By Pamela R. Kelley
Alzheimer's Reading Room
First, there’s the entire quote as lifted from Abraham Lincoln’s first Inaugaral Address in March1861.
"The mystic chords of memory, stretching from every battlefield and patriot grave to every living heart and hearthstone all over this broad land, will yet swell the chorus of the Union, when again touched, as surely they will be, by the better angels of our nature."
Lincoln spoke of a future moment when the country would once again be united and its tragic civil war ended. He looked forward to a time when harmony and peace would resume. As an Alzheimer’s caregiver, I dream of the day when my mother will regain the harmony and peace she once demonstrated with her kind heart every day as she took care of me in my youth. I know that won’t reoccur while she lives this life.
I first thought of the Lincoln’s oft-misquoted phrase about “the better angels of our nature”. I know that when I am most successful in caring for Audrey, it’s because I’ve reminded myself to step back and think about compassion. I ask myself what would be the most compassionate thing to do in the circumstance. Whatever the circumstance is: her refusal to take medication, her refusal to see the doctor, her rejection of a dear friend, her disdain for the myriad ways in which my way is not “her way”, her criticism of my husband.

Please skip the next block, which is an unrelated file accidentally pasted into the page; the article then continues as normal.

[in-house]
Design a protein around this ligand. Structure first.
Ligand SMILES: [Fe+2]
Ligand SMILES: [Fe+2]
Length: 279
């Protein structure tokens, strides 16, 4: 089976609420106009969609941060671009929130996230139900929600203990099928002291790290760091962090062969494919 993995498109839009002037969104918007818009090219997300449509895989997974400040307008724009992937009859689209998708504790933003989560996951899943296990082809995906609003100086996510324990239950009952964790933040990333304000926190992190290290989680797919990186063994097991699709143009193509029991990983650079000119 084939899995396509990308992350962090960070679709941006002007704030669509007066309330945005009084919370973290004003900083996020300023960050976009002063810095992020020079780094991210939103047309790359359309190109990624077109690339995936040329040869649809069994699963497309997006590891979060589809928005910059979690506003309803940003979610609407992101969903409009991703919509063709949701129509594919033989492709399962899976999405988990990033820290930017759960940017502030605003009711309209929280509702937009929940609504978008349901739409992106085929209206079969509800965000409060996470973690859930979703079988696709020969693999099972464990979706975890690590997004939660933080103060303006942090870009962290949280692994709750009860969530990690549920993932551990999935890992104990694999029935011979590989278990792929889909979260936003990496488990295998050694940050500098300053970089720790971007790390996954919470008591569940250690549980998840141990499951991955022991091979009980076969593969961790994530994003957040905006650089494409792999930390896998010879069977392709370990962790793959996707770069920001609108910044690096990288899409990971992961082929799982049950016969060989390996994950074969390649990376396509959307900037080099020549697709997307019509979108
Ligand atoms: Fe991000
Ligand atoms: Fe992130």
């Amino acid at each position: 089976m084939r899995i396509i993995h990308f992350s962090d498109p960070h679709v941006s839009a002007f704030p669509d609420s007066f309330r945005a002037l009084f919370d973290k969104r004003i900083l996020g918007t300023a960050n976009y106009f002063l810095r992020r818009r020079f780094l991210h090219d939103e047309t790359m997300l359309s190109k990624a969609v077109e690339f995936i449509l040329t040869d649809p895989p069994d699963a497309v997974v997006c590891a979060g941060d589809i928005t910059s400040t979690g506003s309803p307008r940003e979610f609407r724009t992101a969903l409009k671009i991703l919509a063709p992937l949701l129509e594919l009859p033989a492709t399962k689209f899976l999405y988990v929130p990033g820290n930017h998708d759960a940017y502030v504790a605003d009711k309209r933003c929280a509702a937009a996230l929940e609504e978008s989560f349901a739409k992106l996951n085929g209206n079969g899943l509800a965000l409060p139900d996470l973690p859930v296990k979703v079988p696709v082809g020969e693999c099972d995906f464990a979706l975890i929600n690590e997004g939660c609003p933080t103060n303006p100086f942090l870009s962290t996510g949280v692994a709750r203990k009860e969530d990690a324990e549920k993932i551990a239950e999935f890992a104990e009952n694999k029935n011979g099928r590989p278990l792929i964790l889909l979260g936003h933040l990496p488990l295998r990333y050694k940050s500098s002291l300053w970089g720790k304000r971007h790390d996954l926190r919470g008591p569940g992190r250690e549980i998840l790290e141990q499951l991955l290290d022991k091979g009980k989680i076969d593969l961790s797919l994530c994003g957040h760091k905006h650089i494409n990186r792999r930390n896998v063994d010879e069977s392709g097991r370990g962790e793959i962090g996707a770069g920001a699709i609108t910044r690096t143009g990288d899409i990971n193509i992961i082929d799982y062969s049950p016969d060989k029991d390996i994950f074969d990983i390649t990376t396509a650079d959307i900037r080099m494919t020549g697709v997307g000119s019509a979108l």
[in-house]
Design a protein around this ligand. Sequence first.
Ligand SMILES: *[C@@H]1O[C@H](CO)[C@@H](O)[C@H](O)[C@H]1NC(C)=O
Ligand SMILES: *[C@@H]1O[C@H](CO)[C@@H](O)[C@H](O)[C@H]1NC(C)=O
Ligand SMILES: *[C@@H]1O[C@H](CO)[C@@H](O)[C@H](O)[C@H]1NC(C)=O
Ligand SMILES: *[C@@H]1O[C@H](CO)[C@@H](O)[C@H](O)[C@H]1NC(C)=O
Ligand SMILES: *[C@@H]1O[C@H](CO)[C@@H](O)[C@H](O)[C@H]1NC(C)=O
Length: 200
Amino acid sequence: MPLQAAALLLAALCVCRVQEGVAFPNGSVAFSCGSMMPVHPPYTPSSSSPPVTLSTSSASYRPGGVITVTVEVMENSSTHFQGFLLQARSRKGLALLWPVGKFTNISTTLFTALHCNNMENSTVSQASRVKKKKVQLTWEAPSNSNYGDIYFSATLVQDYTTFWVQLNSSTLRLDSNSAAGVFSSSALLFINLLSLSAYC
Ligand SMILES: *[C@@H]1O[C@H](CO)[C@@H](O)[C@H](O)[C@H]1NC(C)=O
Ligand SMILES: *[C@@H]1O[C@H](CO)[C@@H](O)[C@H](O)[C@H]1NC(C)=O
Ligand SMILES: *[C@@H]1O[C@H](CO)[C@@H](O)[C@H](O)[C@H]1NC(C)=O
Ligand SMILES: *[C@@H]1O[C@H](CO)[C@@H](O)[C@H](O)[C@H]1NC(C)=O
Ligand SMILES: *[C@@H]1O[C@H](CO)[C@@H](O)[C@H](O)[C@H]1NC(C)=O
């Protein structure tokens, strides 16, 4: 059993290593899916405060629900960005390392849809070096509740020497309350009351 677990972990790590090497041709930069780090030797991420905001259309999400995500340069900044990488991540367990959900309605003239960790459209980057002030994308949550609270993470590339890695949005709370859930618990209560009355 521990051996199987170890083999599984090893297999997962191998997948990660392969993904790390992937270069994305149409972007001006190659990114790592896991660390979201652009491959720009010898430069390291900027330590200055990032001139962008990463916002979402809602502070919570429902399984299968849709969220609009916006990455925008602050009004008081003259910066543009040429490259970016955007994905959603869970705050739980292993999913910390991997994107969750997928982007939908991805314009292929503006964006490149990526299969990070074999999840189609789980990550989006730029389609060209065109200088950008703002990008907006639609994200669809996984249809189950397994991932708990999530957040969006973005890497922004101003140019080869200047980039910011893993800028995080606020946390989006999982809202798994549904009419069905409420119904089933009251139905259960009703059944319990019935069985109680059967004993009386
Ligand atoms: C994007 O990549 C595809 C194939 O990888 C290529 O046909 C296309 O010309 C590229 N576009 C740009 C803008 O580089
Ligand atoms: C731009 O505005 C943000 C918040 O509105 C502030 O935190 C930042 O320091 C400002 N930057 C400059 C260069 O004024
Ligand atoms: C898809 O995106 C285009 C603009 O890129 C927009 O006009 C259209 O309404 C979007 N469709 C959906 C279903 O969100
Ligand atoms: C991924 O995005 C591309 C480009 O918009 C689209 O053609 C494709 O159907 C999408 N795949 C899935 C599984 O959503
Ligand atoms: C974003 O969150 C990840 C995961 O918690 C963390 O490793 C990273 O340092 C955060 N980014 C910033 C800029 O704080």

I accept that it will be good enough if she gets morning pills before noon. I write down anew the identity of the pills I push. I accept the grumbling that goes with a doctor’s visit. I count myself lucky to have a primary care practitioner at all. I slow my quicker wit and simply answer the questions, over and over. I listen with my heart and ignore the content of her remarks that sting.
My mother, in her diminished state, still teaches me. She’s taught me to get reacquainted with the better angels of my nature – forgiveness, acceptance, kindness, patience, empathy. She’s taught me to let go of my insistence on being right. She’s taught me what it’s like to live in the moment. If this isn’t the work of the better angels of our natures, then I don’t know what could be.
I’m tested every day, and I hold fast to all of the supports that surround me. In this household, the angels don’t contest between union and slavery. Here it’s patience and irritation, acceptance and useless acts. These stand in opposition. These I hope to reconcile. I win some; I lose some. It’s a life I’ve embraced. This is what it’s like for me to be a caregiver to an Alzheimer’s sufferer.
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Original content Pamela R. Kelley, the Alzheimer's Reading Room